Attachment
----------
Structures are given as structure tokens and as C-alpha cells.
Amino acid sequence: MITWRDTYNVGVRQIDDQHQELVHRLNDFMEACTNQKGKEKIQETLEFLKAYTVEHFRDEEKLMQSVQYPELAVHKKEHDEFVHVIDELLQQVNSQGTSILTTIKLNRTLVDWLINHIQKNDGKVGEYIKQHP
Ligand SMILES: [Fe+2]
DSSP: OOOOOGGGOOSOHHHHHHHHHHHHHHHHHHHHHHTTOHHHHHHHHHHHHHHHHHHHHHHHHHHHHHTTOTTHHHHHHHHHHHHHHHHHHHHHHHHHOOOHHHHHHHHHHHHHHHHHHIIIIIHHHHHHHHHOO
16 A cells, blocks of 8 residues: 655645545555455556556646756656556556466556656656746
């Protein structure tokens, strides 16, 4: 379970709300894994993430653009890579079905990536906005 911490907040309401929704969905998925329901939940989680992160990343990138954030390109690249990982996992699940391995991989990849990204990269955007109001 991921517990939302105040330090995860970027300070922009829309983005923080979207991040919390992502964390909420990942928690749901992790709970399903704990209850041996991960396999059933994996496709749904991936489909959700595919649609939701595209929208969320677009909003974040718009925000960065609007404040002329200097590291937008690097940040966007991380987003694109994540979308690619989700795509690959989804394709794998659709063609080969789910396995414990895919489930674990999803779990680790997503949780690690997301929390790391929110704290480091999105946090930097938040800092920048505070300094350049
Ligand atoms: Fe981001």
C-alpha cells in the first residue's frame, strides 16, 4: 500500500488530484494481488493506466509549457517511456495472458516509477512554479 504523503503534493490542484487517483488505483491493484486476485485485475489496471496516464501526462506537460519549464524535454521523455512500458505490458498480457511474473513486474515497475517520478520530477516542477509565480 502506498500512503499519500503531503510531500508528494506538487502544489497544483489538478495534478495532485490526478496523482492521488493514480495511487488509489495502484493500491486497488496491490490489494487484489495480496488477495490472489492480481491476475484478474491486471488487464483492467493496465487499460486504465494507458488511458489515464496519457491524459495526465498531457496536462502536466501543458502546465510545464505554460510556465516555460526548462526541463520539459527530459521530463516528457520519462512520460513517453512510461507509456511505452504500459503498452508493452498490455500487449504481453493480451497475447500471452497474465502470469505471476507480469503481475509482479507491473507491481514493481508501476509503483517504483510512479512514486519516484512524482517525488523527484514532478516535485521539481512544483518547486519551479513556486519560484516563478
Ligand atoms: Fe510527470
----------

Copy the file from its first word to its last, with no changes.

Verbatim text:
Structures are given as structure tokens and as C-alpha cells.
Amino acid sequence: MITWRDTYNVGVRQIDDQHQELVHRLNDFMEACTNQKGKEKIQETLEFLKAYTVEHFRDEEKLMQSVQYPELAVHKKEHDEFVHVIDELLQQVNSQGTSILTTIKLNRTLVDWLINHIQKNDGKVGEYIKQHP
Ligand SMILES: [Fe+2]
DSSP: OOOOOGGGOOSOHHHHHHHHHHHHHHHHHHHHHHTTOHHHHHHHHHHHHHHHHHHHHHHHHHHHHHTTOTTHHHHHHHHHHHHHHHHHHHHHHHHHOOOHHHHHHHHHHHHHHHHHHIIIIIHHHHHHHHHOO
16 A cells, blocks of 8 residues: 655645545555455556556646756656556556466556656656746
């Protein structure tokens, strides 16, 4: 379970709300894994993430653009890579079905990536906005 911490907040309401929704969905998925329901939940989680992160990343990138954030390109690249990982996992699940391995991989990849990204990269955007109001 991921517990939302105040330090995860970027300070922009829309983005923080979207991040919390992502964390909420990942928690749901992790709970399903704990209850041996991960396999059933994996496709749904991936489909959700595919649609939701595209929208969320677009909003974040718009925000960065609007404040002329200097590291937008690097940040966007991380987003694109994540979308690619989700795509690959989804394709794998659709063609080969789910396995414990895919489930674990999803779990680790997503949780690690997301929390790391929110704290480091999105946090930097938040800092920048505070300094350049
Ligand atoms: Fe981001």
C-alpha cells in the first residue's frame, strides 16, 4: 500500500488530484494481488493506466509549457517511456495472458516509477512554479 504523503503534493490542484487517483488505483491493484486476485485485475489496471496516464501526462506537460519549464524535454521523455512500458505490458498480457511474473513486474515497475517520478520530477516542477509565480 502506498500512503499519500503531503510531500508528494506538487502544489497544483489538478495534478495532485490526478496523482492521488493514480495511487488509489495502484493500491486497488496491490490489494487484489495480496488477495490472489492480481491476475484478474491486471488487464483492467493496465487499460486504465494507458488511458489515464496519457491524459495526465498531457496536462502536466501543458502546465510545464505554460510556465516555460526548462526541463520539459527530459521530463516528457520519462512520460513517453512510461507509456511505452504500459503498452508493452498490455500487449504481453493480451497475447500471452497474465502470469505471476507480469503481475509482479507491473507491481514493481508501476509503483517504483510512479512514486519516484512524482517525488523527484514532478516535485521539481512544483518547486519551479513556486519560484516563478
Ligand atoms: Fe510527470